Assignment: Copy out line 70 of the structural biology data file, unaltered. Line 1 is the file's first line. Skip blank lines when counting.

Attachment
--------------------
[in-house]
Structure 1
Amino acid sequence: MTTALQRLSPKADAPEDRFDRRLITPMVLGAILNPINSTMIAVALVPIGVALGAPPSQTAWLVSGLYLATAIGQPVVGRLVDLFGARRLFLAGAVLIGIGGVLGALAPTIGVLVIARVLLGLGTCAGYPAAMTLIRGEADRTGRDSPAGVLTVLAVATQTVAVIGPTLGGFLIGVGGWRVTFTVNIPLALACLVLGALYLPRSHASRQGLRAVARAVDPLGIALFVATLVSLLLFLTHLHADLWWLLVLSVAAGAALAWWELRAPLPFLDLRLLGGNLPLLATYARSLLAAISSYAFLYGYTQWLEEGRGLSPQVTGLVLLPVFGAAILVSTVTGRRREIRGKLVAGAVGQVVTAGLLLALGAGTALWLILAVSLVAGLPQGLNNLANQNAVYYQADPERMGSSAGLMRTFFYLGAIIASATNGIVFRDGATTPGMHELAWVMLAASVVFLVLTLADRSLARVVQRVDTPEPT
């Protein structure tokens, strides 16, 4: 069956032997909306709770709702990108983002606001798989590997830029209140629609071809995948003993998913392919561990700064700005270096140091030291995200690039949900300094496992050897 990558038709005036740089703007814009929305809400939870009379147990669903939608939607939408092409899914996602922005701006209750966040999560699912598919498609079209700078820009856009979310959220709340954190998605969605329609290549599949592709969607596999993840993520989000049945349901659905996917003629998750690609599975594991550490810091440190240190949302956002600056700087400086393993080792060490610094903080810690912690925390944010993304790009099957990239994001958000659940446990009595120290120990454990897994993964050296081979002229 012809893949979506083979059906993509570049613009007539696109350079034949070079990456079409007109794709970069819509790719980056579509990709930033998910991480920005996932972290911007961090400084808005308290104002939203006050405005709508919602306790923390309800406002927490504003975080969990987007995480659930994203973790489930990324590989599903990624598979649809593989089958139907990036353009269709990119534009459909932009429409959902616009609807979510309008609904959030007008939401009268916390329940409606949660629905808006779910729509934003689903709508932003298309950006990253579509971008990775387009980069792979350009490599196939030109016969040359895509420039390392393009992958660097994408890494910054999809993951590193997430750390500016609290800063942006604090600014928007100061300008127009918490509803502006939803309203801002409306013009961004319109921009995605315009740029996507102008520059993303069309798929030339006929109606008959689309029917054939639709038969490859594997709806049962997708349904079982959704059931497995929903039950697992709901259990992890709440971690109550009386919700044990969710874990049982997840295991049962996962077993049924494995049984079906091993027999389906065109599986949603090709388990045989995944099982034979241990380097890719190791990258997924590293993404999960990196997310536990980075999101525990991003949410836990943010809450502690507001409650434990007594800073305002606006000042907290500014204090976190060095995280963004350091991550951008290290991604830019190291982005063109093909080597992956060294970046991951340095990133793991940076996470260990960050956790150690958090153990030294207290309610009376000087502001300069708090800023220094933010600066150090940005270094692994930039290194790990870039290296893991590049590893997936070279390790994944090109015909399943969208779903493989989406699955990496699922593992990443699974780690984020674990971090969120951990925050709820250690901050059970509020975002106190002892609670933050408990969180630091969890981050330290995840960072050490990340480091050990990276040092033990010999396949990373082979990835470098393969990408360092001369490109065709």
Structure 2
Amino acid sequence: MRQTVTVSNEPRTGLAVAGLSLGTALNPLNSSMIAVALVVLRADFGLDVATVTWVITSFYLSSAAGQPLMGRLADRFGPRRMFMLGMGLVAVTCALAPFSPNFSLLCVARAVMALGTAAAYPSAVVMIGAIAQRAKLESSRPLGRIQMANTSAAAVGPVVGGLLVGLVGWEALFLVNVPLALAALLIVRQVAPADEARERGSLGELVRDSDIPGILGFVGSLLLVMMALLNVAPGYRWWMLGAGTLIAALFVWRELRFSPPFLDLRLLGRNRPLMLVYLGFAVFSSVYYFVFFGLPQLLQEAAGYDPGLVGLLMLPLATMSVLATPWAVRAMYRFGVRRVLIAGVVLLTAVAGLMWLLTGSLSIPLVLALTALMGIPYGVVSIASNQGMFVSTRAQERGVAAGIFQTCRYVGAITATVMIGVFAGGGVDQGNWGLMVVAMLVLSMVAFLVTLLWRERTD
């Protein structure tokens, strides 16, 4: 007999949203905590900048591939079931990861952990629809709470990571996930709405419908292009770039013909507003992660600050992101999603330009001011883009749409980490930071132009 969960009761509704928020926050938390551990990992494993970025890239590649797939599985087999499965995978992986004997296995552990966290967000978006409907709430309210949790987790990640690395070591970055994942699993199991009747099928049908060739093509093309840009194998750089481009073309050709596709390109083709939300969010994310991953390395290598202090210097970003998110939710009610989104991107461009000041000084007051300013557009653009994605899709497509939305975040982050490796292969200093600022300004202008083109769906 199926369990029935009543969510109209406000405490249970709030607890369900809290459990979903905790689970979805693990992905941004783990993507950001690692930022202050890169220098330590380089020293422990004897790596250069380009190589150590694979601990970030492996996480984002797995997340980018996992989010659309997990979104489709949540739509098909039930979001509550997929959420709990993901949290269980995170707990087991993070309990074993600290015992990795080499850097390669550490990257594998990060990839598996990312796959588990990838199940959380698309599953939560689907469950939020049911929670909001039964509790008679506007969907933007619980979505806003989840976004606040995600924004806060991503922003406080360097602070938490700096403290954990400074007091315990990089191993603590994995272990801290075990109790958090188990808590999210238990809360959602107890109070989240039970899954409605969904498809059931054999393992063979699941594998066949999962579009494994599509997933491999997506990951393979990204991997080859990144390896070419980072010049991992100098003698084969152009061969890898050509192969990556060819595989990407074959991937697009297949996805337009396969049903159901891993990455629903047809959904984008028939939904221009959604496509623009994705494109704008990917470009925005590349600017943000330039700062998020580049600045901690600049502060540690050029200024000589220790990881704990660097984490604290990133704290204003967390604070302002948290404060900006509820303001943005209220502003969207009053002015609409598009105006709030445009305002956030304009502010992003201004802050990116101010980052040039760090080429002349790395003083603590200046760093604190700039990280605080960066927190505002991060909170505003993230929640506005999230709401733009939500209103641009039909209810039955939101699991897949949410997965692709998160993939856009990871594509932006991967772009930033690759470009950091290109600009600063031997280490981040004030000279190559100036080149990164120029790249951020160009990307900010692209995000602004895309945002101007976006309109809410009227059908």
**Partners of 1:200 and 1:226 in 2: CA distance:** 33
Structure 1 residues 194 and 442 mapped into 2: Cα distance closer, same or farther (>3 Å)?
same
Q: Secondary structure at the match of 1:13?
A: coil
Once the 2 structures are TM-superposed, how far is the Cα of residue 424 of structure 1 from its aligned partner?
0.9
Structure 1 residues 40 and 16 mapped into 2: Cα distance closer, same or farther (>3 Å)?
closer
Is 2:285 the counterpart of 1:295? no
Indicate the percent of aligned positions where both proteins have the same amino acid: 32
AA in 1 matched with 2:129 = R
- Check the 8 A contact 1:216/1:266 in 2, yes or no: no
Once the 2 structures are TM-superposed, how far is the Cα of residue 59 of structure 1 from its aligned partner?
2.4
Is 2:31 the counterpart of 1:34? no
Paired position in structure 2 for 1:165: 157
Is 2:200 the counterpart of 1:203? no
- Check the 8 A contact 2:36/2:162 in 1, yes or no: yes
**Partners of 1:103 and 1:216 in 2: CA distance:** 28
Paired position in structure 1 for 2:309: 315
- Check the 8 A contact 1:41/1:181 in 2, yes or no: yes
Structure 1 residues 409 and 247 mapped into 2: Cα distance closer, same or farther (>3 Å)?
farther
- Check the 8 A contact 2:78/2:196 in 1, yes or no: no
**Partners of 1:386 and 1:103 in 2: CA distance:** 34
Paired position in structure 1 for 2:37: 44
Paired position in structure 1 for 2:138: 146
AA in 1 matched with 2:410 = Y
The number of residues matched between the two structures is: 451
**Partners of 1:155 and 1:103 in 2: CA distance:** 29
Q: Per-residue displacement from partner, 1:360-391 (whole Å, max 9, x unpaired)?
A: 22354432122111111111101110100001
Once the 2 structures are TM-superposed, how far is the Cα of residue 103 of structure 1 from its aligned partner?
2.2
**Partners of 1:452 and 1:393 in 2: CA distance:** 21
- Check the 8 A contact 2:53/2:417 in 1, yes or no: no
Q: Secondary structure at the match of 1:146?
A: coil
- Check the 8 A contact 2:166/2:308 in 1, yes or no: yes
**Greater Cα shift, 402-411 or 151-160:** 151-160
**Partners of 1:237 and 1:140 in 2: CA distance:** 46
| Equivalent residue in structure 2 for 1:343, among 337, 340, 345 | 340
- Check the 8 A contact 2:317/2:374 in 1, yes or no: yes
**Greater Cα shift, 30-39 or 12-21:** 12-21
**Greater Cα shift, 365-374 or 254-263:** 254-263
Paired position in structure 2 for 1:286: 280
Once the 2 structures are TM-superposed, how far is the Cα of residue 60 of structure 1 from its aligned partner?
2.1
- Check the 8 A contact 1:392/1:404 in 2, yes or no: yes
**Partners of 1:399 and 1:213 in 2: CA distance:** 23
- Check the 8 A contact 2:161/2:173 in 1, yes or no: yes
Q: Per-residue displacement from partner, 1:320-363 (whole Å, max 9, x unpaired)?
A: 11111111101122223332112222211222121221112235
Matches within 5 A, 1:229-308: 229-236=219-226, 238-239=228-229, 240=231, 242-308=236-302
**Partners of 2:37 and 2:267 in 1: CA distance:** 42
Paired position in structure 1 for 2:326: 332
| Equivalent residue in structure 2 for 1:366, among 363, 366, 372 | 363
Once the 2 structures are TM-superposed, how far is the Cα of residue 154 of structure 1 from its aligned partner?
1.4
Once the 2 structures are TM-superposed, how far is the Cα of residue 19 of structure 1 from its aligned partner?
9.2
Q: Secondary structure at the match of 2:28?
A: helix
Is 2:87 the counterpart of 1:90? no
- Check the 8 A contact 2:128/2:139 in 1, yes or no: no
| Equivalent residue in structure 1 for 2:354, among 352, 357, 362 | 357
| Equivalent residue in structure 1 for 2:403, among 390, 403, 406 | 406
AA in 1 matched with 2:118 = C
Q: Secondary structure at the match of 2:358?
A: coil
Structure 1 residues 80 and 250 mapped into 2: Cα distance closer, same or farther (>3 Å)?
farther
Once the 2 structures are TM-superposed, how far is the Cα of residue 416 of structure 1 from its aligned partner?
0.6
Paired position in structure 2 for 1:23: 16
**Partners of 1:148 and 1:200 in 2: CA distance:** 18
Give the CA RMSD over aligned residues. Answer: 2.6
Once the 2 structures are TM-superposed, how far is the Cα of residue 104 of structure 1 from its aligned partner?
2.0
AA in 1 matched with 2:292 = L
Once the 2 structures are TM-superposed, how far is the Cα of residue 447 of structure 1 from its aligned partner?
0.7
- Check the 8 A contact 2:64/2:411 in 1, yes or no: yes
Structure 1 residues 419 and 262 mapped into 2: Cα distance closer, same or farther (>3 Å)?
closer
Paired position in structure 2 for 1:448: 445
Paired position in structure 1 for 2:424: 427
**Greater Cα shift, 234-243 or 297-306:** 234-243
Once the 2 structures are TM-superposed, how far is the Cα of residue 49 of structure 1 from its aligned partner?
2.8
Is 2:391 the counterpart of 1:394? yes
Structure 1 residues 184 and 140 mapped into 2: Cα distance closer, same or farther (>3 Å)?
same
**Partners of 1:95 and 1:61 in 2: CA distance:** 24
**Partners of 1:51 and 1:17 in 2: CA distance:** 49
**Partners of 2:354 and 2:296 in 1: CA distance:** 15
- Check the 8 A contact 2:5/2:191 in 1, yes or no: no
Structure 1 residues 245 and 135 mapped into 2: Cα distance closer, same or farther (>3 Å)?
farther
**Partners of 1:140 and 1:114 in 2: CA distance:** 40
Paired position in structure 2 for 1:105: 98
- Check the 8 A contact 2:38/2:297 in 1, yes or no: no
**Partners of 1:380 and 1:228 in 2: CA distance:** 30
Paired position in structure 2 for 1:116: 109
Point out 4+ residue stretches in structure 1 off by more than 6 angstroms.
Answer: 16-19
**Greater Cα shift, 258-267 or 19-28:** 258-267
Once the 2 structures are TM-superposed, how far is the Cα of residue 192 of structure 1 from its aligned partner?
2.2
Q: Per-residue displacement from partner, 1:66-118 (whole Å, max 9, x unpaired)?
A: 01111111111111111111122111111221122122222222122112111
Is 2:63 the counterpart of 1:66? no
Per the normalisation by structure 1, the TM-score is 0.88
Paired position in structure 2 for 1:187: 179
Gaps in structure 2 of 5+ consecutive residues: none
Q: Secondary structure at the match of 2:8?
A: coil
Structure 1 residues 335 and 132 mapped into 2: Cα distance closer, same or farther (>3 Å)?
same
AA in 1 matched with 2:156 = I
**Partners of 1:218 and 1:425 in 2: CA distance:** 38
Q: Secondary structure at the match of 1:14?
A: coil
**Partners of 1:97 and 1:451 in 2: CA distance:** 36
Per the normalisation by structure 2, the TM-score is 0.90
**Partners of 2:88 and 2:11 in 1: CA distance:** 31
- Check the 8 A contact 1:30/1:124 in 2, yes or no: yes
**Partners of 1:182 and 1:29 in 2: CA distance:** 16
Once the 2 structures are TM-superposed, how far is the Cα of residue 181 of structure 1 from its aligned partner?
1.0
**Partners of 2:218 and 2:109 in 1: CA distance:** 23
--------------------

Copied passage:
Q: Secondary structure at the match of 2:28?